To her credit, Flahive says, Singer and other school administrators added more funding for vocal music, including The Northamptones. The approximately 15-member group has since become an institution at the school, performing regularly in area venues and in places further afield, including Fenway Park.

A number of former members have gone on to professional careers in music, including Tennessee-based singer, songwriter and producer Jamie Kent.

Leading The Northamptones “has really been one of my highlights here, because we started this before ‘Glee’ or the idea of a cappella was really a big thing in schools,” said Flahive, referring to the musical comedy-drama television series that aired on Fox between 2009 and 2015. “The group really took off, and it’s been such a pleasure to work with so many dedicated students.”

Josie Kirley, an NHS senior and Northamptones member, had played saxophone in the JFK Middle School band but had no real experience singing when she joined the NHS Chorus in ninth grade. She says Flahive quickly became a mentor, which encouraged her to audition for The Northamptones and school musicals, where she was especially impressed by Flahive’s dedication.

“Beau has never shied away from hard work, and instead meets it to above and beyond our expectations, something that made both her and my last high school musical production so special,” Kirley wrote in an email. “She is committed, experienced, and just such a lovely person to be around when making music.”

Flahive also kept the singers going through the grind of Zoom sessions during the pandemic, Kirley says, when The Northamptones recorded a new album remotely: “Her smiling face kept all her virtual students coming back to spend time singing together, even while we were apart.”

A varied career

Flahive didn’t begin her teaching career at NHS. She first taught at the University of Massachusetts Amherst, then later at Smith College for a few years as part of a fellowship; she also directed the music program at Stoneleigh Burnham school for girls in Greenfield. Along the way she earned two additional degrees, in music education and musicology, then developed her private lesson business.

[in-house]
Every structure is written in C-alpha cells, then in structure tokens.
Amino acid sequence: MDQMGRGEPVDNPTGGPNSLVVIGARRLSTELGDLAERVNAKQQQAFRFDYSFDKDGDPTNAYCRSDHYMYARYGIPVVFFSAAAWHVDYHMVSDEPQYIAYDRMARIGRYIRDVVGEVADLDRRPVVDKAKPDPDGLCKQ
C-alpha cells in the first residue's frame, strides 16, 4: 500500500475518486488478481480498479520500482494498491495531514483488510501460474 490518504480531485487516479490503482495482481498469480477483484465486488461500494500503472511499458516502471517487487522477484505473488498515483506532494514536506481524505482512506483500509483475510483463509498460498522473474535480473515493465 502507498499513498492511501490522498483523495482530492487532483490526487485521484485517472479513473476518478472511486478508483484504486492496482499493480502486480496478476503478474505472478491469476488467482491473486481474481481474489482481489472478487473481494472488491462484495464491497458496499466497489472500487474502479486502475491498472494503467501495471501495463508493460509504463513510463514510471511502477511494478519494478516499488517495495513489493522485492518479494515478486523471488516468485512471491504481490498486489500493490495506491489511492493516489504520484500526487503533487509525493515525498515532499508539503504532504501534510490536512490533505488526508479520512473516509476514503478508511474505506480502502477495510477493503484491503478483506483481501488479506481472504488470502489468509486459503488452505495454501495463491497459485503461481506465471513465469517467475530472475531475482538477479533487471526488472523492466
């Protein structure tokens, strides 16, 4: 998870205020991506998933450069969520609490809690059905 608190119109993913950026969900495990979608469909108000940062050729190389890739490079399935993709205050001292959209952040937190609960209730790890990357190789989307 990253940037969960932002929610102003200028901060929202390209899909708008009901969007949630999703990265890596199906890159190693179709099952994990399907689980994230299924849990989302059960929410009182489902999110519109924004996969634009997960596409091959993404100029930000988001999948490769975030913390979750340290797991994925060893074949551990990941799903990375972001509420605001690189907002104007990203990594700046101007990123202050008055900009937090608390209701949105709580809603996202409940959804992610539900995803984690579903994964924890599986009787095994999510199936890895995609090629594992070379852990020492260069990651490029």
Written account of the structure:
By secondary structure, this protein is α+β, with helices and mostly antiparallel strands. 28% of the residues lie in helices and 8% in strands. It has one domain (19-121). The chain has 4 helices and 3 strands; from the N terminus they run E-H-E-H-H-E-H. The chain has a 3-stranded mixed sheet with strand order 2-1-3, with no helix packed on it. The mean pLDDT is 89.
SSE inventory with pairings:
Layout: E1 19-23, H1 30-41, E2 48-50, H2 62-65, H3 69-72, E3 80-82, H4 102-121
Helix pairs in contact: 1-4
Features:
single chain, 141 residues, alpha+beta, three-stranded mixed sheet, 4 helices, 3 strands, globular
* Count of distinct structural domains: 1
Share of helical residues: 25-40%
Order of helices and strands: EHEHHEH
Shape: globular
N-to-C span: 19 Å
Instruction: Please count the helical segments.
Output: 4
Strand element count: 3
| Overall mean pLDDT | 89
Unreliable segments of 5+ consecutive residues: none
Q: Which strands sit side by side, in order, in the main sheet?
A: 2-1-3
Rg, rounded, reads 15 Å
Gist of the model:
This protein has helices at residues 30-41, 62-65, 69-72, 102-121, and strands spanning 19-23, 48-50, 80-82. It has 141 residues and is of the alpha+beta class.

At NHS, she says she helped revive the annual school musical, directing the singing and producing the shows. It’s been a lot of work but worth it, she says. This past March, NHS staged “Mamma Mia!” after the pandemic had shut down productions for the past two years, and “everyone was thrilled to be back again,” she said. “All four shows sold out.”

Flahive has also taught a songwriting class at the school in more recent years — just one of the ways, she says, that she’s been able to connect with students, which has made for “some really great relationships and a feeling that I’m helping students develop their own voices and talents. That’s been the best part of the job for me.”

As she gets set to leave, Flahive is slowly opening her private music business again after closing up shop when her schedule at NHS became too busy (she continued to perform as a solo pianist and singer up until a few years before she began teaching at NHS, she says). These days, she said with a laugh, “I’d like to see my husband a little more often.” The couple also hope to visit their daughter and son, ages 28 and 23, who live in New York City.

“I’d rather retire now when I have the energy to do other things, to explore the next chapter of my life,” Flahive said. “And I want to do it when I still feel really good about the job…. I’d like to think I’m leaving the [music] program in good shape to carry forward into the future.”

Steve Pfarrer can be reached at spfarrer@gazettenet.com.